If you asked me to sum up the key problem that Jehoshaphat had based on the Biblical record, I would have to say is that he entangled himself in faulty or poor alliances. I believe that this is why the Bible pays a lot of attention in the New Testament about making sure that false teaching is called out and that we separate from it.
Jehoshaphat and Ahab (1 Kings 22, 2 Chronicles 18)
Marriages at the time of the Israelite kings, at the highest level, were often done for the purposes of allying two families or kingdoms. We see this played out in many accounts all the way up through the Middle ages. Many of the kings of Judah and Israel seemed to have wanted to join the two territories back together much like the current American Presidents all try for peace in the Middle East. Both seem to fail regularly, because it’s not the time.
Jehoshaphat takes Ahab and Jezebel’s daughter for a wife. Yes, that Ahab and Jezebel. I would argue that this is one of the foundational events in Jehoshaphat’s life that continues to lead him to make decisions that pull against what God would want him to do.
For one thing, his father Asa was known for rejecting Baashan and Israel. Jehoshaphat was the opposite, allying whenever he could. In the battle that would see the death of Ahab, the King of Israel asked the assistance of the King of Judah, and Jehoshaphat came to his aid. Jehoshaphat had a good influence on Ahab, refusing to listen to the prophets of Baal and instead wishing to hear from the prophet of God.
This is the famous story of a prophet of God telling the king what he wanted to hear, followed by telling him that god had sent lying spirits to him and that he would die((We’ll save the whole question of God telling people to lie when God always tells the truth for a latter discussion.)). Ahab thought that he could avoid God’s promise of death by having Jehoshaphat dress like a king while he dressed like a soldier. Now why Jehoshaphat would agree to this, maybe his faith in God was really great, because he was definitely being set up. During the battle, Jehoshaphat is captured, but eventually released, Ahab was struck by a random arrow and died.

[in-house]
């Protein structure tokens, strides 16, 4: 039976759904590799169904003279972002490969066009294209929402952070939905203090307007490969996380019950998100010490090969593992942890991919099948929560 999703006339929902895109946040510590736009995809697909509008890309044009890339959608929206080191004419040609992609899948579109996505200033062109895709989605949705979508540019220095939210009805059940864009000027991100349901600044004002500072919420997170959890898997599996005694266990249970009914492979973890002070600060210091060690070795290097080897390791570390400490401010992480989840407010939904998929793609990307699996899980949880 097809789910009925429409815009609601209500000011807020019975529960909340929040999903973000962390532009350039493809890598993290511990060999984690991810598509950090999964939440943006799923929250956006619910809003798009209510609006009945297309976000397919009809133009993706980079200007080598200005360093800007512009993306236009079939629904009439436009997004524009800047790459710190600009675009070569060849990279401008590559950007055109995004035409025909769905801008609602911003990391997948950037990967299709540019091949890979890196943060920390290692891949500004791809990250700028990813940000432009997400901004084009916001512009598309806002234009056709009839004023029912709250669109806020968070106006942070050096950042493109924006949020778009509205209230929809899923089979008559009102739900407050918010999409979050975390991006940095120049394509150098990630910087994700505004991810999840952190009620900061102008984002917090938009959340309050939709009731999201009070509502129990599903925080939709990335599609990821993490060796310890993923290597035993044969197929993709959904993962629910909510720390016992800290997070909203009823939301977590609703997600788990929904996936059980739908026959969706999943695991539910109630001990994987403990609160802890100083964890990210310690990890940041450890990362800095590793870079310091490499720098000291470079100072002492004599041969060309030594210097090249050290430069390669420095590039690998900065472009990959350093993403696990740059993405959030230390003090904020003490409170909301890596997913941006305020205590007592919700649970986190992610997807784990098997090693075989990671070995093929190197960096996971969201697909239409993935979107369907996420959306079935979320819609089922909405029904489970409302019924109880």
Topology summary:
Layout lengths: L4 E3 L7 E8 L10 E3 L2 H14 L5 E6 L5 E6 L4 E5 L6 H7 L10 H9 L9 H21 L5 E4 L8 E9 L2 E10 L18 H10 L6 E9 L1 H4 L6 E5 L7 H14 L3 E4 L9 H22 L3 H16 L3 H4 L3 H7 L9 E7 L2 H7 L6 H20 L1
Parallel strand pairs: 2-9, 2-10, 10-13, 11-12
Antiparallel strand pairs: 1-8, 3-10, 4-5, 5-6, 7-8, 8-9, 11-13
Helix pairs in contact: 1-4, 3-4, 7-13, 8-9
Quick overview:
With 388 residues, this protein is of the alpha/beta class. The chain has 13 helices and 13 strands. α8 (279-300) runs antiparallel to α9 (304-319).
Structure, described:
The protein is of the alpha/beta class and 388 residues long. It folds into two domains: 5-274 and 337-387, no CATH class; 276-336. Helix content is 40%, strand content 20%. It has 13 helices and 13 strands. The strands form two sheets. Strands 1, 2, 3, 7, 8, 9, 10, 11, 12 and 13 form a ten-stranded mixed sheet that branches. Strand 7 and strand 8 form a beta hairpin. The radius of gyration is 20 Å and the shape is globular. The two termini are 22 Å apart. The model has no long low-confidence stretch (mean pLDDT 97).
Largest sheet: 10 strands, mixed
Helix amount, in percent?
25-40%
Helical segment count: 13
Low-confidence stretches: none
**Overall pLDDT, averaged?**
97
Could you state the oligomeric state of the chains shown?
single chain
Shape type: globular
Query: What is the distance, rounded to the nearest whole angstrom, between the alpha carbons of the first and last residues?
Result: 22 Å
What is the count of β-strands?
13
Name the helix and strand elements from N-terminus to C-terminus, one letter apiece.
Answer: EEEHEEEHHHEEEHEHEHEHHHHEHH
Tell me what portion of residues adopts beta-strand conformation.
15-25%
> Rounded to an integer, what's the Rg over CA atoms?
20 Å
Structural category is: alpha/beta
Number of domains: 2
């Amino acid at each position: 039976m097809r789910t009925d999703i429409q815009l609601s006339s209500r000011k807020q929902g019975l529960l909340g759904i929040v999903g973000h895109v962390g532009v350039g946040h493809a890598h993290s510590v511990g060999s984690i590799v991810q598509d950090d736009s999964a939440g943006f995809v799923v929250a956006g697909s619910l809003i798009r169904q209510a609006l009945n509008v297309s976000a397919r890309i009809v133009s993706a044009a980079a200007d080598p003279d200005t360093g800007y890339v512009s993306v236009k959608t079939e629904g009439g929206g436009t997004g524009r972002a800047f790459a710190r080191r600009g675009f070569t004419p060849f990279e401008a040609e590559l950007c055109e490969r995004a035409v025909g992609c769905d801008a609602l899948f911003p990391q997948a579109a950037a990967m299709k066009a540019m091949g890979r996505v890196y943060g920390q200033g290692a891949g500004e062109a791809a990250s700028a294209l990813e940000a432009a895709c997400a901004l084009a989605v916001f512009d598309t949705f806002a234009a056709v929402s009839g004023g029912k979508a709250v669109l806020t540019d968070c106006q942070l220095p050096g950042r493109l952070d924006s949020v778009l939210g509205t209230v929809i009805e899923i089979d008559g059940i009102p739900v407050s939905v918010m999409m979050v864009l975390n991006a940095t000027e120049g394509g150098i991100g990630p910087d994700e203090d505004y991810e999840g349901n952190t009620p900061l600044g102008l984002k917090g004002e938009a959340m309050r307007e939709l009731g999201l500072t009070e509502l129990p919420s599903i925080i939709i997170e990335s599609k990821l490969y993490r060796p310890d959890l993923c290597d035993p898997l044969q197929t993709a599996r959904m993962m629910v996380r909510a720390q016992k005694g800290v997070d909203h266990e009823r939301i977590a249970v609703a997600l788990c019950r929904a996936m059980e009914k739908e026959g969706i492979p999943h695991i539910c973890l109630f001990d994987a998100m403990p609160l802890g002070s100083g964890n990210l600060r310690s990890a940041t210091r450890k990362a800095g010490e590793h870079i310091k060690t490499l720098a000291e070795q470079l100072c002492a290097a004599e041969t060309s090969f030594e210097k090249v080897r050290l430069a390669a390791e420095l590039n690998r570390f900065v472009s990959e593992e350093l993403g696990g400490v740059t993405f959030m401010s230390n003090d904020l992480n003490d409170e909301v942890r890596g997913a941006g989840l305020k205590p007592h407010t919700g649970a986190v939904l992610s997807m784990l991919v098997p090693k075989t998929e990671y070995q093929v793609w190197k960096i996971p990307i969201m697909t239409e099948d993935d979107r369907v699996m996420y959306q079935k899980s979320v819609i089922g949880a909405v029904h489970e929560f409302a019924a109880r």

With whom are we allying ourselves?
Paul instructs believes that they are not to be unequally yoked together with unbelievers. This goes further than just in marriage, though that is the primary reference today. Whether marriage, business, or any kind of alliance, the people that we choose as friends and allies have significant impact on what we do and they may drag us into things that are not pleasing to God. We need to bathe decisions about alliances in prayer, so that we uniting with people that are pleasing to God.
Jehoshaphat and Jehoram (2 Kings 3)
When Kings turned over, many that used to pay tribute decided to test the new king. Ahab died and the Moabites, who were paying tribute, decided to see if Jehoram, Ahab’s son, would do anything if they stopped delivering their sheep. Jehoram enlisted the help of Jehoshaphat in the battle against the Moabites.
When things go awry, Jehoram panics, Jehoshaphat seeks God. The first thing they were faced with is not having water for their armies. Immediately, Jehoram blames God, saying that God has led them to defeat; however, Jehoshaphat wants to go to God to find direction.
They go to the prophet Elisha, who only talks to the kings because Jehoshaphat is there, and Elisha tells them that God will provide water, and victory over Moab, just to show how powerful He is. The reflection off the pools of water convince Moab that Israel and Judah have fought and left spoil, so they come out and are not ready for the attack from Israel and Judah.
What is our reputation?
Elisha knew the reputation of Jehoshaphat, that he followed God. Paul in the Gospel commends Pastors, Deacons, and by extension all believers, to be ones that are blameless and harmless. A good reputation is an outgrowth of a right relationship with God.
Jehoshaphat and Ahaziah (2 Kings 22:41-50, 2 Chronicles 20:35)
After this, Jehoshaphat aligned himself with Ahaziah, the next King of Israel who was wicked. This flaw of alliances is the main character flaw mentioned in his narrative. Because of this alliance, Eliezer the prophet is sent to tell Jehoshaphat that the boats that he built to go get gold at Ophir will be destroyed. Jehoshaphat tries to react by not letting Ahaziah go with him, but it is to no avail.
Our alliances can affect us in areas other than the immediate. Our families can control our lives and service to God. Our workplaces can vie for priority in our lives that should go to God-ordained things. We need to make sure that we make alliances that are pleasing to God and do not harm our relationship with Him.